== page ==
I'm reading about the Hull-White model, I understand the math behind it and logic but what I am struggling to understand is how it's actually used in practice ? How can we combine it with technics like Monte-Carlo for IRD options pricing ? Can someone simplify this from a practitioner point of view with some example please ? thank you


2 Answers 2


The Hull-White model is an no-arbitrage short rate model. It is used to price interest rate derivatives such as caps and floors. It generalises the seminal equilibrium model from Vasicek (1977).

The Model

The model postulates that $$\mathrm{d}r_t=\kappa_t(\theta_t-r_t)\mathrm{d}t+\sigma_t \mathrm{d}W_t.$$ Two of the key model features are that

  • the short rate $r_t$ is mean-reverting (if rates are far away from the long-term mean $\theta$, they will likely converge back to this level, $\kappa_t$ corresponds to the speed of mean reversion)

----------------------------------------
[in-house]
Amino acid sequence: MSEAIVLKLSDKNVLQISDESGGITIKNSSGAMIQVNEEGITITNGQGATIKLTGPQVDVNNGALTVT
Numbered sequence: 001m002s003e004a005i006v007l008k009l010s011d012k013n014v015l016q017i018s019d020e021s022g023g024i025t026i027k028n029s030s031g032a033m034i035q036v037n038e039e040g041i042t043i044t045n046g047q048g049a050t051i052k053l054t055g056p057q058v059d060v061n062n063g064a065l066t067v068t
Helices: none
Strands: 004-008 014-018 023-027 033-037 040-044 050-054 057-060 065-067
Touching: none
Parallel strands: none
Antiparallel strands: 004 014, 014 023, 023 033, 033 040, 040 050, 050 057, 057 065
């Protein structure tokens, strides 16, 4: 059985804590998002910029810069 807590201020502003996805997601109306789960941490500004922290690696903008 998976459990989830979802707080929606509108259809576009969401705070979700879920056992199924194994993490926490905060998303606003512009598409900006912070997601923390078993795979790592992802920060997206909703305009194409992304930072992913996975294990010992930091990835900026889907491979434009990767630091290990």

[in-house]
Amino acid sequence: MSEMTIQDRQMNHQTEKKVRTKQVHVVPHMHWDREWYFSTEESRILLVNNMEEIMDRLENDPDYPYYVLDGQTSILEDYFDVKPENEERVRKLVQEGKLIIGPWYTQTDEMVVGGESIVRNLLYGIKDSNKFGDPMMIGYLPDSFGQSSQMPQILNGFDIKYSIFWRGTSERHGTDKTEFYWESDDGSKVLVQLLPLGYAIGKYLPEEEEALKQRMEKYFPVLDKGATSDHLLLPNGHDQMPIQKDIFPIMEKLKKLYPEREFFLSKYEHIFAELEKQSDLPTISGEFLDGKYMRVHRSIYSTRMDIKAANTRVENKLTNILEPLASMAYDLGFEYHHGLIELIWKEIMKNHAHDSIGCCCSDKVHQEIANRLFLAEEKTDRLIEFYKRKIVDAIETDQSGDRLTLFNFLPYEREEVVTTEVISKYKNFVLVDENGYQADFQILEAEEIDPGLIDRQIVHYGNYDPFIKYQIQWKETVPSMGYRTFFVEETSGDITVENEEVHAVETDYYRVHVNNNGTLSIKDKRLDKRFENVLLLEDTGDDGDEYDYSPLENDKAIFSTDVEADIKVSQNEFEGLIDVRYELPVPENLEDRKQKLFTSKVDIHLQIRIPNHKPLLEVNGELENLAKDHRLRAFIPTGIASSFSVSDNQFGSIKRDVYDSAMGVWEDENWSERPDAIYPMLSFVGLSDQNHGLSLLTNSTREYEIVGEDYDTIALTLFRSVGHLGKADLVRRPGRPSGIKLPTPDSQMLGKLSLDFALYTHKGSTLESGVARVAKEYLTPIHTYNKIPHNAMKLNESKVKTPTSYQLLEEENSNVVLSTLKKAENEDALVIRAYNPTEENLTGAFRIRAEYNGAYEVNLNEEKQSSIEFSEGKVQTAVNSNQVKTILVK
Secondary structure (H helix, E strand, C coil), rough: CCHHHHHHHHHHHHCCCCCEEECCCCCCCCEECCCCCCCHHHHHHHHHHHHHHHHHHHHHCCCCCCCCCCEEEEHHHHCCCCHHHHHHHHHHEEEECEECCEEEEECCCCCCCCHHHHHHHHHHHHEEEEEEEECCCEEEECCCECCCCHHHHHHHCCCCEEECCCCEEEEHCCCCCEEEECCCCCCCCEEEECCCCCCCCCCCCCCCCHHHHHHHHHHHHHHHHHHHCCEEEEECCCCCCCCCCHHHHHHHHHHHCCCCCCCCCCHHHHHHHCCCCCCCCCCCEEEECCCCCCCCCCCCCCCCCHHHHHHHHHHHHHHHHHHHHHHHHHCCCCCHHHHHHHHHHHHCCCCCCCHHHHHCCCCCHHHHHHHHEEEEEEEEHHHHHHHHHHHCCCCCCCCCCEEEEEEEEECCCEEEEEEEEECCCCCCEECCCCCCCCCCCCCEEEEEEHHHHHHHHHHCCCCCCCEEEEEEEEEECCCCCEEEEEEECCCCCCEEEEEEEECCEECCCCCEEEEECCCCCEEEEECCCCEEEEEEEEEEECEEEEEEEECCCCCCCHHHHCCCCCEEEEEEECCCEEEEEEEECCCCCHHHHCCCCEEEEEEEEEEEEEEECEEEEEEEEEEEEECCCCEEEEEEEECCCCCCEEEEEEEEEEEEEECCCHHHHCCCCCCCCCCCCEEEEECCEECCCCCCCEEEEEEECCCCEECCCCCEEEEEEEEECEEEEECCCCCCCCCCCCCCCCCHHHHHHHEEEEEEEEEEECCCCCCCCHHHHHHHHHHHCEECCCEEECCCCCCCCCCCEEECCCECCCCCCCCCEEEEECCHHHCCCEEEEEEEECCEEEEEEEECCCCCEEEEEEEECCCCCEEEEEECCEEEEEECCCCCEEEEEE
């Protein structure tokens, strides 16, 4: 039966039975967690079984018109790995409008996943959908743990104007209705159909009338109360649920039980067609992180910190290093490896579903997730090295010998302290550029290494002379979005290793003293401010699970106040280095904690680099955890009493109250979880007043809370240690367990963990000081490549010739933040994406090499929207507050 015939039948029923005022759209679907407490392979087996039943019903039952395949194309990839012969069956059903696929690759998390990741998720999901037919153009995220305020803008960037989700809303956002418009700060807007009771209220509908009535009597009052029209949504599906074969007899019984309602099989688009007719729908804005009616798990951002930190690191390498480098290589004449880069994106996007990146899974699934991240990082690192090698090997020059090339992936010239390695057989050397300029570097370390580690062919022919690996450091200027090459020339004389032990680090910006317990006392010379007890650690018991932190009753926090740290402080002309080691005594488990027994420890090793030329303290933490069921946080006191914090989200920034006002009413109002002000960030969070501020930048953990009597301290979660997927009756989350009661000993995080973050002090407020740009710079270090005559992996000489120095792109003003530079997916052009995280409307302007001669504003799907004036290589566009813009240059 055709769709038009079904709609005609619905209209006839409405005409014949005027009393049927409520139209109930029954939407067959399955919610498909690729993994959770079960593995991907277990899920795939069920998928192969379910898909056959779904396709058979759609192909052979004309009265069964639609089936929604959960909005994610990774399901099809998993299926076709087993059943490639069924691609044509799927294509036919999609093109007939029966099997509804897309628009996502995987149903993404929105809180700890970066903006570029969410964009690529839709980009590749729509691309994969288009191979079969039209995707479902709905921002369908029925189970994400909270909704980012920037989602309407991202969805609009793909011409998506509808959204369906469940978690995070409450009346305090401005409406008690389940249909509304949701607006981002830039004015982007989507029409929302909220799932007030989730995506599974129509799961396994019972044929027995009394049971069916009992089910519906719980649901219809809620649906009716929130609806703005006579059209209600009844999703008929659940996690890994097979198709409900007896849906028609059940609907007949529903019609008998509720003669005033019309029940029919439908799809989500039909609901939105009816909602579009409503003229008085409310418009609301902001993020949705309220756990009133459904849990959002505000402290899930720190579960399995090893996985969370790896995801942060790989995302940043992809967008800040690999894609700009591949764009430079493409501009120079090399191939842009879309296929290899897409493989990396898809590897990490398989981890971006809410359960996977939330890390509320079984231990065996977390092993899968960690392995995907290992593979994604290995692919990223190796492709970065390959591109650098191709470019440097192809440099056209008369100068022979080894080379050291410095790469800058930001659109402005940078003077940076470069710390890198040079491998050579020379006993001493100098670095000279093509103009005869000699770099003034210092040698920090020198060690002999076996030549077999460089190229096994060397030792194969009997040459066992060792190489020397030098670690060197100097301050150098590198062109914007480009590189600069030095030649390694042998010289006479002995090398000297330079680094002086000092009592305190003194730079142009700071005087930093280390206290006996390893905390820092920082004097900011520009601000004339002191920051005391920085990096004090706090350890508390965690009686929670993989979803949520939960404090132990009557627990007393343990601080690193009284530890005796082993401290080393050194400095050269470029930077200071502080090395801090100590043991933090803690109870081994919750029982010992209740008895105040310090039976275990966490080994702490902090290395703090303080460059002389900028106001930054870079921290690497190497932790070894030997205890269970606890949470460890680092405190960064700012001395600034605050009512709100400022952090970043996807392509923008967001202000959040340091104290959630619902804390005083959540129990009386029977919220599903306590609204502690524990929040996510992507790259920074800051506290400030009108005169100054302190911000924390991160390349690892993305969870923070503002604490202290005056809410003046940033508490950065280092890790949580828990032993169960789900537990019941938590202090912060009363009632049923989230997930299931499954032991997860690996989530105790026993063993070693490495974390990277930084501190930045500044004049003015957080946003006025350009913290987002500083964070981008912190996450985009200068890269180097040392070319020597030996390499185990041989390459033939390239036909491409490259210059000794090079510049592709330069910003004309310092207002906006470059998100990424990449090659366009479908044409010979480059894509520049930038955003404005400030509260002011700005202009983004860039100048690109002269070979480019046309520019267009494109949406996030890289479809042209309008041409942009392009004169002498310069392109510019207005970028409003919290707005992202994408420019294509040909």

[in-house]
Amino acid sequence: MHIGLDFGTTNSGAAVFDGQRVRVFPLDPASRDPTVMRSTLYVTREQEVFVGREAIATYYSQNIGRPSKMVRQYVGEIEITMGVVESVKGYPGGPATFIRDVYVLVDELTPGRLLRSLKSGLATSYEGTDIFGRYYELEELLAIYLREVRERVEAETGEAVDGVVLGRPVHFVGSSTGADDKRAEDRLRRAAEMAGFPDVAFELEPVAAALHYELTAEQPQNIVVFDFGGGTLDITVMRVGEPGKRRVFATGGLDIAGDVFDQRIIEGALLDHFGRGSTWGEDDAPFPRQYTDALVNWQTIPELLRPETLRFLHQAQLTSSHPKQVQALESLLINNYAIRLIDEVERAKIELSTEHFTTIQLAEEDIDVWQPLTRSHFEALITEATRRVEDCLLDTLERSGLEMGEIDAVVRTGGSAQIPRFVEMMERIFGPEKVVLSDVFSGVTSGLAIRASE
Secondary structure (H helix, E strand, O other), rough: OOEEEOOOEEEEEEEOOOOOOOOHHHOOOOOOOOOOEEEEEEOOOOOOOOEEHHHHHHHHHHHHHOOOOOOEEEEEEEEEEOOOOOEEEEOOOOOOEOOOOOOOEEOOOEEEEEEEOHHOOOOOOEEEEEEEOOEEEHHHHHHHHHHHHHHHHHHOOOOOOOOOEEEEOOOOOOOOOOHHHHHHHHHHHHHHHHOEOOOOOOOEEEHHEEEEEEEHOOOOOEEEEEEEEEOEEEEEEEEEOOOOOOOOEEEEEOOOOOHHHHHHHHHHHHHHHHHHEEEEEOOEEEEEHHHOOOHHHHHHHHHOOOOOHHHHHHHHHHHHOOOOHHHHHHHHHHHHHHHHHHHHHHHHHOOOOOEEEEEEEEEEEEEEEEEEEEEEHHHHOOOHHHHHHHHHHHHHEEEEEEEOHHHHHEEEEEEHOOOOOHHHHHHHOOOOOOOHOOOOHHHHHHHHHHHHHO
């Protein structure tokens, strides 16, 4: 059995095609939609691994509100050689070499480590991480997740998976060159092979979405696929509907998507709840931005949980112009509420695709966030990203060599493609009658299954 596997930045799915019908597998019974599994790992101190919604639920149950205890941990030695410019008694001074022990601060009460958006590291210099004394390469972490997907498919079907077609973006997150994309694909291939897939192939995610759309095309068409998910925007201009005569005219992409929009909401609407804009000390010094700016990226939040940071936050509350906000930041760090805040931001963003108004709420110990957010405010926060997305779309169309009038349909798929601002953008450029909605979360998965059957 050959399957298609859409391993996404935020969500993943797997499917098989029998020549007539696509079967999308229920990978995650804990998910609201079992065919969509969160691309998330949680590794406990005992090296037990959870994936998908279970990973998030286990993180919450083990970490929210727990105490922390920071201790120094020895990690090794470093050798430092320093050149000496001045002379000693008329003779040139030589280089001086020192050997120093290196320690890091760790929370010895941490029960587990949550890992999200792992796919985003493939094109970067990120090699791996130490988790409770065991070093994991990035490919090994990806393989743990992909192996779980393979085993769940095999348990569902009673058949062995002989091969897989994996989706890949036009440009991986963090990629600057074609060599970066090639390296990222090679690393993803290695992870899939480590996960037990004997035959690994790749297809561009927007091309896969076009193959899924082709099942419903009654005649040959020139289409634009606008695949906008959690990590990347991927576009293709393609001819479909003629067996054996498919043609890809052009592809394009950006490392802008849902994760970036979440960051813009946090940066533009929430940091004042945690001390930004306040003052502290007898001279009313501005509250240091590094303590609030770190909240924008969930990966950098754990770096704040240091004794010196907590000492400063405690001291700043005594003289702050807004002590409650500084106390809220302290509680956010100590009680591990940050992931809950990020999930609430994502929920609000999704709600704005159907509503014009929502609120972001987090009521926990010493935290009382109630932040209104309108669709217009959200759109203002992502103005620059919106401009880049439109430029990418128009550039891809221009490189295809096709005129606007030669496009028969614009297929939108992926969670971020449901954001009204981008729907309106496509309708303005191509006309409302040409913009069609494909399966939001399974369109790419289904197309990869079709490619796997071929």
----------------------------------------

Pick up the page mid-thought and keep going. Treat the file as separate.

• the short rate $r_t$ is normally distributed (negative interest rates are thus possible. This was long seen as a downside but can be useful nowadays).

The model is very tractable and allows for closed-form pricing formulae of zero-coupon bond, bond options (thus caps and floors) and swaptions. Calibration is thus very easy.

The model belongs to the class of affine term-structure models allowing you to write the price of a zero-coupon bond as $P(t,T)=\exp\left(A(t,T)+r_tB(t,T)\right)$. The Cox-Ingersoll-Ross (1985) model also belongs to this class.

Because the model assumes a normal distribution, Monte Carlo simulations are also very simple to implement. You can use a simple Euler approximation to simulate different paths: $$r_{t+\Delta t}=r_t+\kappa_t(\theta_t-r_t)\Delta t+\sigma_t \sqrt{\Delta t}Z,$$ where $Z\sim N(0,1)$.

Let $\kappa_t\equiv2$, $\theta_t\equiv0.1$ and $\sigma_t\equiv0.2$. Here are some realisations enter image description here